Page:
By Caitlin Johnstone
Americans are discussing the possibility of a universal basic income (UBI) more seriously than ever before, largely due to the surprisingly popular campaign of Democratic presidential candidate Andrew Yang. Yang has made UBI the central issue of his platform, promising a “Freedom Dividend” paid for by a Value Added Tax on businesses which would give every American between the ages of 18 and 64 an unconditional $1,000 a month to help offset the looming crisis of automation replacing US jobs.
“In the next 12 years, 1 out of 3 American workers are at risk of losing their jobs to new technologies — and unlike with previous waves of automation, this time new jobs will not appear quickly enough in large enough numbers to make up for it,” Yang’s campaign site argues. “To avoid an unprecedented crisis, we’re going to have to find a new solution, unlike anything we’ve done before. It all begins with the Freedom Dividend, a universal basic income for all American adults, no strings attached — a foundation on which a stable, prosperous, and just society can be built.”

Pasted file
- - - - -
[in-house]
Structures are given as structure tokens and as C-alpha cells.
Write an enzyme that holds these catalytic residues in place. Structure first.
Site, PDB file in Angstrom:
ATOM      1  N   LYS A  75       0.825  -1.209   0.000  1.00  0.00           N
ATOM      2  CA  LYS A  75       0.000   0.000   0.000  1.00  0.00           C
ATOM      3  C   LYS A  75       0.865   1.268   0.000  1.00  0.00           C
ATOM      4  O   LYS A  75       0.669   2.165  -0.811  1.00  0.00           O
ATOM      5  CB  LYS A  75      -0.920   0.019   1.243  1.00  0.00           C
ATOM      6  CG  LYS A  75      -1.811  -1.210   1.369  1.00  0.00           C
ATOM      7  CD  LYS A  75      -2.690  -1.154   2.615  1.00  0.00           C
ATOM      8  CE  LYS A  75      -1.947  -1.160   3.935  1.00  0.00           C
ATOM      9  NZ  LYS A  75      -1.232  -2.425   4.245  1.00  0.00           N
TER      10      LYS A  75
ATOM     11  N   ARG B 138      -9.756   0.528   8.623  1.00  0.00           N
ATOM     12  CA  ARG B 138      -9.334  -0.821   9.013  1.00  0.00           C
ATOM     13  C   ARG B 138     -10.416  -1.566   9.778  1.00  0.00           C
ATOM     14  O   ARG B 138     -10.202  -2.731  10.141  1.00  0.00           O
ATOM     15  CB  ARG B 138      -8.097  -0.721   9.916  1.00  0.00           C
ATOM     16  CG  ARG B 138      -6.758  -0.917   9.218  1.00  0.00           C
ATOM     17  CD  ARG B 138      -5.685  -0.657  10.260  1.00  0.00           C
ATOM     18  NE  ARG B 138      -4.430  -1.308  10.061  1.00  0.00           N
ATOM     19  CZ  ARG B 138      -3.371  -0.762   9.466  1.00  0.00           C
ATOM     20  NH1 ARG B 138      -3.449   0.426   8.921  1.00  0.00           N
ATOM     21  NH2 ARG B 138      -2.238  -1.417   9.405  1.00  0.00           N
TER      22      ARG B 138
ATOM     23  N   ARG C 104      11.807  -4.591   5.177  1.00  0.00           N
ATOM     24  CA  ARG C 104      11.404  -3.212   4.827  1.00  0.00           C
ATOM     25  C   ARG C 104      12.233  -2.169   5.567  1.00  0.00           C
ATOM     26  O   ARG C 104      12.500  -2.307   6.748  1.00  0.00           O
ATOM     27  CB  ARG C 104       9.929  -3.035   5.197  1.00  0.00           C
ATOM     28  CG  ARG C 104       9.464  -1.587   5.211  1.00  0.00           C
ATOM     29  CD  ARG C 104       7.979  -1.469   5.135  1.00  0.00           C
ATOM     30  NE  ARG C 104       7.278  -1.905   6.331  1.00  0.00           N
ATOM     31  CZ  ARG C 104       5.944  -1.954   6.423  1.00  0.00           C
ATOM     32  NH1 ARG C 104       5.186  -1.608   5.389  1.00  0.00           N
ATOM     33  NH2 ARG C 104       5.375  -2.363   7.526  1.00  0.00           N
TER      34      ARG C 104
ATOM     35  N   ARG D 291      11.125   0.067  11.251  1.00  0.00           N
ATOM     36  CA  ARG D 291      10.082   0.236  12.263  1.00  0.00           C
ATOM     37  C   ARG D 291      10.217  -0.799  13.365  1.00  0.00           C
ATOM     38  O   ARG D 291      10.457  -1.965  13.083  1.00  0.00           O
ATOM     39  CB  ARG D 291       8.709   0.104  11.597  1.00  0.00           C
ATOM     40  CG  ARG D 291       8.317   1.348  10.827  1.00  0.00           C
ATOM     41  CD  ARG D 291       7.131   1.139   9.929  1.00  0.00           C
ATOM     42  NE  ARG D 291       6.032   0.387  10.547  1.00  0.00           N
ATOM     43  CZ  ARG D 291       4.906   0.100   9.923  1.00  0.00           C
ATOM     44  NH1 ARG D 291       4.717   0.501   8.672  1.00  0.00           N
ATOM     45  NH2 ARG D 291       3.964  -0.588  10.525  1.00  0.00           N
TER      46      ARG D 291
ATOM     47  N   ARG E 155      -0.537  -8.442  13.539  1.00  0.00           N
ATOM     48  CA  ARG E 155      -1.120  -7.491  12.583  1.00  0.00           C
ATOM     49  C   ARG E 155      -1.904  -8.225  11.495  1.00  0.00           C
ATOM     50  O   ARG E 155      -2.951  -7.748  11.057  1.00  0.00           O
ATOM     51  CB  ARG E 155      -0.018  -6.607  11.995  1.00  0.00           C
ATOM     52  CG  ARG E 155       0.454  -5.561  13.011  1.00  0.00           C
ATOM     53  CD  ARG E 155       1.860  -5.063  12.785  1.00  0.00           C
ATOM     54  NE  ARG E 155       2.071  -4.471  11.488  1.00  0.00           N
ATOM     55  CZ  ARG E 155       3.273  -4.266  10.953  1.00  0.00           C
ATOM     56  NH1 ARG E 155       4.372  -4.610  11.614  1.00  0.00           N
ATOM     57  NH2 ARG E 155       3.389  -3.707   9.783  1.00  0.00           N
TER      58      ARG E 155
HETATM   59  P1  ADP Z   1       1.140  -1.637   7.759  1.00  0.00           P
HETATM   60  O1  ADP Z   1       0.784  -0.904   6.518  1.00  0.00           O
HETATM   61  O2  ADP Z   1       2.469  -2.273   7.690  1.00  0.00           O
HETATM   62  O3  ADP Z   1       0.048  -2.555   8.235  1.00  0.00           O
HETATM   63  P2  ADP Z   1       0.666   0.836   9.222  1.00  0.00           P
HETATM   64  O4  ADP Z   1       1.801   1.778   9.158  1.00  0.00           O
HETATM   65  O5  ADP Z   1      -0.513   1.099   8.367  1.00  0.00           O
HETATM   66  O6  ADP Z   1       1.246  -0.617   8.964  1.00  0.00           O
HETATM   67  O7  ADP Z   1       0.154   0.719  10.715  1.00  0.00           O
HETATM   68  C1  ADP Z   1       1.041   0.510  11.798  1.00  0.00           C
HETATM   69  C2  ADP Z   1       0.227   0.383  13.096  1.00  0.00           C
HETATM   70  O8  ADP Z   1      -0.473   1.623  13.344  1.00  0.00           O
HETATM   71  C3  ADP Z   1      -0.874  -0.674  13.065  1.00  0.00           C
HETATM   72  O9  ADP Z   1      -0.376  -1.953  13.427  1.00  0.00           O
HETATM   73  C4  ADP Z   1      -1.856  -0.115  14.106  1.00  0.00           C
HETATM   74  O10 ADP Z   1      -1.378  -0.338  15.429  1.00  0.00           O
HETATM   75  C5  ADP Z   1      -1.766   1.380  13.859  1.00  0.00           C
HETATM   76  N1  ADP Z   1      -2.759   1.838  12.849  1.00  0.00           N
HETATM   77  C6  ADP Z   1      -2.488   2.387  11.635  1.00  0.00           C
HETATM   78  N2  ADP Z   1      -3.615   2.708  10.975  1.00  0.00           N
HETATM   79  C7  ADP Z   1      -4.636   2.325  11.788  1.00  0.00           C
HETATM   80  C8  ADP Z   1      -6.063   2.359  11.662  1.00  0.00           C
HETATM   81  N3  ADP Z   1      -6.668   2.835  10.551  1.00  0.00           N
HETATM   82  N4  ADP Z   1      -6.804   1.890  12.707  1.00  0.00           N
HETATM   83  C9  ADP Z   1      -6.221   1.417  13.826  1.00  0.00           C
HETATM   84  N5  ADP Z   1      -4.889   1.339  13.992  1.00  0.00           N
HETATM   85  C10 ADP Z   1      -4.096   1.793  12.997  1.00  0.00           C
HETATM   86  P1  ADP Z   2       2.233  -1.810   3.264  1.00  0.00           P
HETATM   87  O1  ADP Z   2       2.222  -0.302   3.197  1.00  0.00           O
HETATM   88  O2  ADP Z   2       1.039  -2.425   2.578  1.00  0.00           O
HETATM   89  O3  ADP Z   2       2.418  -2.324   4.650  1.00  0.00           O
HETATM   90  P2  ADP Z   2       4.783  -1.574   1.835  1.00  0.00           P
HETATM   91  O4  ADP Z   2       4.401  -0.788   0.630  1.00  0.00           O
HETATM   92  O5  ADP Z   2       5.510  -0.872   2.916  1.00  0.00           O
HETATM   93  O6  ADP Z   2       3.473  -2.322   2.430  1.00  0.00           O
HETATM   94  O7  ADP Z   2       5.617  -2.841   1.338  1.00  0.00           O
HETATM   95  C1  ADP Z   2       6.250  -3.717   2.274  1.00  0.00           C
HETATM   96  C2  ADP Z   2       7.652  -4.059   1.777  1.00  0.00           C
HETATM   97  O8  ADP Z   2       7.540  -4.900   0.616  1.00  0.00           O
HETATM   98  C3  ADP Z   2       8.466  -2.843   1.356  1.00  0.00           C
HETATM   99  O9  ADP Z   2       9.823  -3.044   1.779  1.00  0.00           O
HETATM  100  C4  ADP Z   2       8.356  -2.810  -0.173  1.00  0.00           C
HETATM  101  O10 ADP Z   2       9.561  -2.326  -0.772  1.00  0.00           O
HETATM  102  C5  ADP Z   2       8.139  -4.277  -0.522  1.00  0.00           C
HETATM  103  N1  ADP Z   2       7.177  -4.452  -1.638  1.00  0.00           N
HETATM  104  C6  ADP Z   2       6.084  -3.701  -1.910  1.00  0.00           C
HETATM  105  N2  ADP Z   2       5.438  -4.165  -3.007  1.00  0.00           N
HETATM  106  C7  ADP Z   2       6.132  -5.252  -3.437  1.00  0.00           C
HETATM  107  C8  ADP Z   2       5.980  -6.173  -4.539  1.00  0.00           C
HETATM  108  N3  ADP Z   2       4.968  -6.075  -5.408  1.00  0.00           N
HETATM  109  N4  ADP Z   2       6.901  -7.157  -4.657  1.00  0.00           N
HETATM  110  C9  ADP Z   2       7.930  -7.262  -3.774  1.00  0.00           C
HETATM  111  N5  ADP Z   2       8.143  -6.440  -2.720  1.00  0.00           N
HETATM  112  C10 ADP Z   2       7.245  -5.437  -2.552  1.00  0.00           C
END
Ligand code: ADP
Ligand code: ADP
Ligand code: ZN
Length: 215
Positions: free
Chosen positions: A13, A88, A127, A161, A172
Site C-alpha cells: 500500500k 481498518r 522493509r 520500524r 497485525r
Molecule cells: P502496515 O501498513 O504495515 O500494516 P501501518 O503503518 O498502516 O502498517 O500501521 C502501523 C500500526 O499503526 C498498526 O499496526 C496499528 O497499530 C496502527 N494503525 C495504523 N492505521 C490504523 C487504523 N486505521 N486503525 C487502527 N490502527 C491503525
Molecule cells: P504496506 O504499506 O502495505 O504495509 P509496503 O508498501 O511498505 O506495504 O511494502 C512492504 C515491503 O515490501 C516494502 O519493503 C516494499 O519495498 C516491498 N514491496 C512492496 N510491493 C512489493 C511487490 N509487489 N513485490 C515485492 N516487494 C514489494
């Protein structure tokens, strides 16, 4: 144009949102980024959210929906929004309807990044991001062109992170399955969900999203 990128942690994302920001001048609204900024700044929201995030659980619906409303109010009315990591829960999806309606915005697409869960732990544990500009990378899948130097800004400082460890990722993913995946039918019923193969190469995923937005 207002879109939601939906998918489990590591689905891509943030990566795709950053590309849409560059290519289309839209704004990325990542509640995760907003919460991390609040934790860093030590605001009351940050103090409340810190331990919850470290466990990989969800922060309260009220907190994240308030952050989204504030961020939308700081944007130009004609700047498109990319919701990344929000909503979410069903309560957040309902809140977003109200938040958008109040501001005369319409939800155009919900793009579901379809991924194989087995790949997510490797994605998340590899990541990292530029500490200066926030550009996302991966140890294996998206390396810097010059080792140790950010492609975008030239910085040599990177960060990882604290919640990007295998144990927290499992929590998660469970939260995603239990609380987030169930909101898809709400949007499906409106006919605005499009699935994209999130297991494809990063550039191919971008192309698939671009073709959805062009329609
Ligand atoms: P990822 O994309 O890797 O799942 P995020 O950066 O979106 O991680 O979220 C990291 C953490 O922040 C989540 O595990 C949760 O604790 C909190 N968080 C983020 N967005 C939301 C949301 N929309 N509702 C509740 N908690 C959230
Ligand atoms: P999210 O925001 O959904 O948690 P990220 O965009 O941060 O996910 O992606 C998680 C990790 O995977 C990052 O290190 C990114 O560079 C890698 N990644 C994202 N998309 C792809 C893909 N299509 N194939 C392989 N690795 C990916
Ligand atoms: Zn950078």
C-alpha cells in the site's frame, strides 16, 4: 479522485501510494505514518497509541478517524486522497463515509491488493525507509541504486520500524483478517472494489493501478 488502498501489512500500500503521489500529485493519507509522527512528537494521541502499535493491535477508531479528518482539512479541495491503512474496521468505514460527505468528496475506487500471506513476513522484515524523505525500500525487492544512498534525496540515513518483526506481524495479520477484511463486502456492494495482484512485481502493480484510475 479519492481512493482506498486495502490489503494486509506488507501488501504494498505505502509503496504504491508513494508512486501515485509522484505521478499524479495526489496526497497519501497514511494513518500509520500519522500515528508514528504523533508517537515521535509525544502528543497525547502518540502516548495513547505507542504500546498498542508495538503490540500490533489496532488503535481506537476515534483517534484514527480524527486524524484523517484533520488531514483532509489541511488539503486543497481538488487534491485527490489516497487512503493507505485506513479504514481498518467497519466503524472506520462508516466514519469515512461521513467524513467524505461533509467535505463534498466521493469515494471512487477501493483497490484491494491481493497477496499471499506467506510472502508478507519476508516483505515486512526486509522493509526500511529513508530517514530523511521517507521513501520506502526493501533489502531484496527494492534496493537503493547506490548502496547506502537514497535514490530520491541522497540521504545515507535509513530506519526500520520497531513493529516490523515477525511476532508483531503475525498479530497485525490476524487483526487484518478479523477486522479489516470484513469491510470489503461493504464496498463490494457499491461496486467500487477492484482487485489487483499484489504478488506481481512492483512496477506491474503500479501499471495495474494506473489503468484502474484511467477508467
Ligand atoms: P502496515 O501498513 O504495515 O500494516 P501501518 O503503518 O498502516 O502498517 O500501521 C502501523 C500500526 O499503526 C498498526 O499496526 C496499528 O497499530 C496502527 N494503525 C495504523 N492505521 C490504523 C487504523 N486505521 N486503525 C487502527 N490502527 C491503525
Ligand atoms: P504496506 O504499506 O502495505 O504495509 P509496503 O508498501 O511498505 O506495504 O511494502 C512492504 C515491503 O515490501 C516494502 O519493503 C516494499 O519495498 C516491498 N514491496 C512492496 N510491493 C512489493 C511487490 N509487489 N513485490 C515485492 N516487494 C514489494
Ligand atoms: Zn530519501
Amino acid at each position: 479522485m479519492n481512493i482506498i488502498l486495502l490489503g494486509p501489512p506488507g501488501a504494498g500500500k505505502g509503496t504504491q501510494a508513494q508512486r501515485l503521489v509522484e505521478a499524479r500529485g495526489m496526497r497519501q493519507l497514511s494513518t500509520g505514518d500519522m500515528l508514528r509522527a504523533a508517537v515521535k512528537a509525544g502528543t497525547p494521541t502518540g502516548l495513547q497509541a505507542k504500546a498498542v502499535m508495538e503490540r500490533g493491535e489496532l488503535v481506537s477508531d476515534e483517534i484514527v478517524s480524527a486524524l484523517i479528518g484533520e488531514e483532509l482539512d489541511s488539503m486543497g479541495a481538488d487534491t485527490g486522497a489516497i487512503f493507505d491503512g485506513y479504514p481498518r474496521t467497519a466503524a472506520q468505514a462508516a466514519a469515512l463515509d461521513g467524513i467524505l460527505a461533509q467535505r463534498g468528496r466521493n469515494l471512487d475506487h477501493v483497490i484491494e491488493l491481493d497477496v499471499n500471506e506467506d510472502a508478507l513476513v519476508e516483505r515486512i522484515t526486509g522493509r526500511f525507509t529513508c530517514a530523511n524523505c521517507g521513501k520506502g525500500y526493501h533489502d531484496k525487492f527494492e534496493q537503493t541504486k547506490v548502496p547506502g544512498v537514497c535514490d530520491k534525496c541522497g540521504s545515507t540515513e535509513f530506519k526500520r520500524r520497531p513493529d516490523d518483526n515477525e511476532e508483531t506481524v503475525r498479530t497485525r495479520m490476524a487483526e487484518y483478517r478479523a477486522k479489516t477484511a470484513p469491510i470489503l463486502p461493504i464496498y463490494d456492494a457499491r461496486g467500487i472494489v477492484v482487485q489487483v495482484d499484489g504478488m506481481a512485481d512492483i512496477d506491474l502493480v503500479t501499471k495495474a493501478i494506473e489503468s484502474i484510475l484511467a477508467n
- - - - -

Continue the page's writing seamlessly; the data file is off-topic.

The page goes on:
Yang is absolutely correct that automation is going to be replacing the jobs of many people in the very near future, and he is absolutely correct that new solutions unlike anything ever tried before are going to be necessary to help address this problem. But his plan, and indeed all the most publicized plans which involve the implementation of a universal basic income, will necessarily lead to an…